“Hybrid is a fancy word that means a mix. You have some of one thing, some of another. At school you have your own little cubby. That’s your own private space where you can put your lunch box and your books. Your school also has shared spaces like the lost and found box. Anyone in your class can dig through and look for something. So, you can say that your school has a mix of private and public storage. It has hybrid storage. Some companies also have a mixture of public and private storage. Not for their lunch boxes, but for their information: files and apps and photos and other computer-based stuff. That’s called a hybrid cloud.Your cubby at school is like the public cloud. The school provides you with a space with your name on it and you can put your stuff there. But you don’t own your cubby. The school does. You borrow it. Your backpack is like a private cloud. You own it, and you control who can look through it. You get to take it with you.”
Fraser Kyne, principal systems engineer, Bromium
“You have two kinds of Lego bricks. Some are red, and some are gold. You’ve got lots of the red ones, which you don’t really care about, and you’re happy to let your brother look after them for you. However, the gold ones are precious and no-one is allowed to touch them but you. Over time, some of your gold ones might turn red – in which case you can hand them to your brother.”
David Jones, cloud solution marketing manager of Hyland, creator of OnBase.
“Hybrid cloud connects cloud computing and local computing resources, such as disk storage, a single application or an entire business application suite. For end-users this is seamless – they just use their chosen business application, unaware of its location.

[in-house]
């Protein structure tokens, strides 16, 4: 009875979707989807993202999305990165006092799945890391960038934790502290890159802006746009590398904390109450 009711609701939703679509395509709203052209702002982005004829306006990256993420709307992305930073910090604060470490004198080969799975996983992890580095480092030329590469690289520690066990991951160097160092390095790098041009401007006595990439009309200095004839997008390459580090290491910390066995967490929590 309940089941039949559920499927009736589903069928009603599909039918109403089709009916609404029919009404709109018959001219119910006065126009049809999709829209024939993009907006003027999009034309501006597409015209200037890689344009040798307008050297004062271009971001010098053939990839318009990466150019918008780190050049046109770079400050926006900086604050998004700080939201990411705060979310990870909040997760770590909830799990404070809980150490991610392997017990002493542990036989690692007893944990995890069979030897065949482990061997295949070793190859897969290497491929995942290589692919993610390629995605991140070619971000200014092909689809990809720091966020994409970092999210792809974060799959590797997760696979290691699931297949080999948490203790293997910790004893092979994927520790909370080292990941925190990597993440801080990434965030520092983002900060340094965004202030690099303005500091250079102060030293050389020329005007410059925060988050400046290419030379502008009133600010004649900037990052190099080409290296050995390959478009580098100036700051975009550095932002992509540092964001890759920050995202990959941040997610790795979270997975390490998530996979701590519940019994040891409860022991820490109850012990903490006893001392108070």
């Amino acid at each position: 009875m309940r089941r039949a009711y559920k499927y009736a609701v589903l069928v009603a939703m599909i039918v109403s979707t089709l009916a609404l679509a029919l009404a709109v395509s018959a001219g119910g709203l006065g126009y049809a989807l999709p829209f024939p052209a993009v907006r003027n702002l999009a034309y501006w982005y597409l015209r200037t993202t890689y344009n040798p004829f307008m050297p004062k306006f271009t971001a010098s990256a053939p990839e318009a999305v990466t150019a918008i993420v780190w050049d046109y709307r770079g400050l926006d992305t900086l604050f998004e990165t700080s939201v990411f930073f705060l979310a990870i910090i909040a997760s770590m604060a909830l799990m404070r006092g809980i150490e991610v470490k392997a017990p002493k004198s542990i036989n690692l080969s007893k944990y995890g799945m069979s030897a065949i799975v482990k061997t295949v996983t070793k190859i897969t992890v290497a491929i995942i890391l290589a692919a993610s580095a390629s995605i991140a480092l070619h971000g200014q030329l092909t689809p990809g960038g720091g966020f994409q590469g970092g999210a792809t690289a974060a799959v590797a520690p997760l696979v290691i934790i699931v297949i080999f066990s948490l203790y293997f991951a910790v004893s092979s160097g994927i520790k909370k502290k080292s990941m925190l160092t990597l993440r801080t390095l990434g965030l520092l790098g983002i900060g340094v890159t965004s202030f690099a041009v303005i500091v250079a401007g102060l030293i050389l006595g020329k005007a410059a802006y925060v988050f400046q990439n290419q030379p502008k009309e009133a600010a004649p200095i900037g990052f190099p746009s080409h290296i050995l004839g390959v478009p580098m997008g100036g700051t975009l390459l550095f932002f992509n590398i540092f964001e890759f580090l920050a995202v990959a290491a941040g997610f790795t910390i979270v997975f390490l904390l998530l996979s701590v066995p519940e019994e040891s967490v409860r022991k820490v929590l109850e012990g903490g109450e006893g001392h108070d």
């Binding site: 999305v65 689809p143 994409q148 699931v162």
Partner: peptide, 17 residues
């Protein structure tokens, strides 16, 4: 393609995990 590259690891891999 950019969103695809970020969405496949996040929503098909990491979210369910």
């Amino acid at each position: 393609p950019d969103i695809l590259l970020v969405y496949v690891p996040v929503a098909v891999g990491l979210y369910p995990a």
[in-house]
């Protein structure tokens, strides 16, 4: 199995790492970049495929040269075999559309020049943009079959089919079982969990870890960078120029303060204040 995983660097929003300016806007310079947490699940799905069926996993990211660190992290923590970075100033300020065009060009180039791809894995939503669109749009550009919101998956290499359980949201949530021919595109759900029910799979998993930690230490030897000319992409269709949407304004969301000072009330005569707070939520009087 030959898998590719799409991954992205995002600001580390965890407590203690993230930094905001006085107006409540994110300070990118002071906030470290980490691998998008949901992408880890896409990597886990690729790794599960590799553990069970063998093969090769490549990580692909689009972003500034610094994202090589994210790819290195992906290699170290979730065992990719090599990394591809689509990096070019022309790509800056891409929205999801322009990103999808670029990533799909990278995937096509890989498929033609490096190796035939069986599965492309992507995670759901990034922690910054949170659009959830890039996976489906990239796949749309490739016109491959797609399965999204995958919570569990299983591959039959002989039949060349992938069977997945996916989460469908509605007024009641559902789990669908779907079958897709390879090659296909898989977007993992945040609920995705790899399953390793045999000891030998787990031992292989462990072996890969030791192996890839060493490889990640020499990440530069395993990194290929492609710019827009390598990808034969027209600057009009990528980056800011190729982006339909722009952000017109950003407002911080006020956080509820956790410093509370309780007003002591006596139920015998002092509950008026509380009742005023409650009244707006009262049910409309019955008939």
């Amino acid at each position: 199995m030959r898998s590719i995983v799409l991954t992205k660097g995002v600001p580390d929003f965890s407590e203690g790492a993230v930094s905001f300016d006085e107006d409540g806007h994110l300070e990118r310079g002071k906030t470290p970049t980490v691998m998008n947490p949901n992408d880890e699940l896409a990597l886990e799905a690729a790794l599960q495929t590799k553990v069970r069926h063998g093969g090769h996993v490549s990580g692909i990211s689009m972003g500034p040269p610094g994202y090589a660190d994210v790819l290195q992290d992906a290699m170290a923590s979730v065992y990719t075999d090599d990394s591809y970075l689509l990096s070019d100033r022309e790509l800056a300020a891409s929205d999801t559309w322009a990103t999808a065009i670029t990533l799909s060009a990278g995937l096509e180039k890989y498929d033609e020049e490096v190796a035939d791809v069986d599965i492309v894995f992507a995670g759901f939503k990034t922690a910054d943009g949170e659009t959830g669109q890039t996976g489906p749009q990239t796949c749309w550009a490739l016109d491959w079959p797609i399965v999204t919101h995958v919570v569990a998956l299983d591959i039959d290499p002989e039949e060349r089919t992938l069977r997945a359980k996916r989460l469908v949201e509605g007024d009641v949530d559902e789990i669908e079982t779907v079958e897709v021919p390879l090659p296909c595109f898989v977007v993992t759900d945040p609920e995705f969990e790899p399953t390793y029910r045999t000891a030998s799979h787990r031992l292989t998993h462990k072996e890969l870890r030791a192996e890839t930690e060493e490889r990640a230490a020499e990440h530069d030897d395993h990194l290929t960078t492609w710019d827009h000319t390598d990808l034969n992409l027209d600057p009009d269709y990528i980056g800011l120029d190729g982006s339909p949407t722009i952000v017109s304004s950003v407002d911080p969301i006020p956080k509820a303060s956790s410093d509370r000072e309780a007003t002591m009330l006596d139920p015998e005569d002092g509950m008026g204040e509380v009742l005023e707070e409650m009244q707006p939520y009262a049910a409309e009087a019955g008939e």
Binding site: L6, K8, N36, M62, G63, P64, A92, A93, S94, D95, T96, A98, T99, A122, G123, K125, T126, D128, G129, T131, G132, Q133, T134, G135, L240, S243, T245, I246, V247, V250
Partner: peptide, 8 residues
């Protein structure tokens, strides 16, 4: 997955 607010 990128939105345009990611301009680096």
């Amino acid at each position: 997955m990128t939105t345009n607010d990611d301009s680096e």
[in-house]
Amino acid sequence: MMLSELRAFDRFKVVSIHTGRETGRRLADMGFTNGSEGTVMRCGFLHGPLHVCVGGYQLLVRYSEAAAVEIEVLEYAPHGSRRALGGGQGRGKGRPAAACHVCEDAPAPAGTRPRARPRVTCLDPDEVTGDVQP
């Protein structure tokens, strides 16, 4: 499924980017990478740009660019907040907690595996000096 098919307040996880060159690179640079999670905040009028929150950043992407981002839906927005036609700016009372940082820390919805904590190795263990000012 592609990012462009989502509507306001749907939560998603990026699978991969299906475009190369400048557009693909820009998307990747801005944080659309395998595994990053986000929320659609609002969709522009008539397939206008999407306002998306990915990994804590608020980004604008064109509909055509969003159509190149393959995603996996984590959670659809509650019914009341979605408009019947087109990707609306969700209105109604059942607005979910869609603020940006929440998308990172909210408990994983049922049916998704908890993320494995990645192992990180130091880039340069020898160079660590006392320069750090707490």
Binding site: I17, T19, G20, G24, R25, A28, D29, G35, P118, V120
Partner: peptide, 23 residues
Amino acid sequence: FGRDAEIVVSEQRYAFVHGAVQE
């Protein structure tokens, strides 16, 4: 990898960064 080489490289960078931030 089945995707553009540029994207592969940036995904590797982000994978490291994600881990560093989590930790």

“For IT professionals, hybrid cloud makes available the combination of the best, most cost-effective and secure IT resources and tools, wherever they happen to be located. The shared nature of hybrid cloud also means they can provide collaboration or external access to certain parts of the solution, while keeping the more sensitive parts in-house.”
Guenther Meyringer, Executive Director, Avaya Strategic Services, Europe
“The benefits of hybrid cloud computing can be likened to removing the constraints of limited storage space for toys in your bedroom. For example when planning to store those new toys Santa delivered over the holiday season, you might want to keep the larger toys that you won’t play with often in a more practical location like your auntie’s house as they occupy unnecessary space. Your auntie has the ability to keep or host numerous items in the most appropriate and efficient environment possible. However she will charge a monthly fee to store and manage these toys, while providing access whenever needed. Meanwhile the smaller toys that you play with all the time can remain in your bedroom, in your current toy box, where you can keep an eye on them at all times and they are always within arm’s reach.”
Stefan Haase, product director at cloud service provider, Redcentric
“Ben is five years-old. He gets a new wooden train set for Christmas and loves it, but mum and dad could only afford a few pieces of track and a small train. Ben would love to have a bigger train set even if it was just once a week. His friend Harry already has a train set that is the same make as Ben’s. Now and again Ben and Harry play together and Ben takes his train set over to Harry’s and joins them up. Now they both can play with a big train set. Even if they take a piece of track out or add more track in, the train set still works. They can change the layout of the track or the length of the train whenever they like and as as long as the track is all connected it will work. When they finish playing Ben takes his train set home and both Ben’s and Harry’s train sets work on their own again. Everybody’s happy.”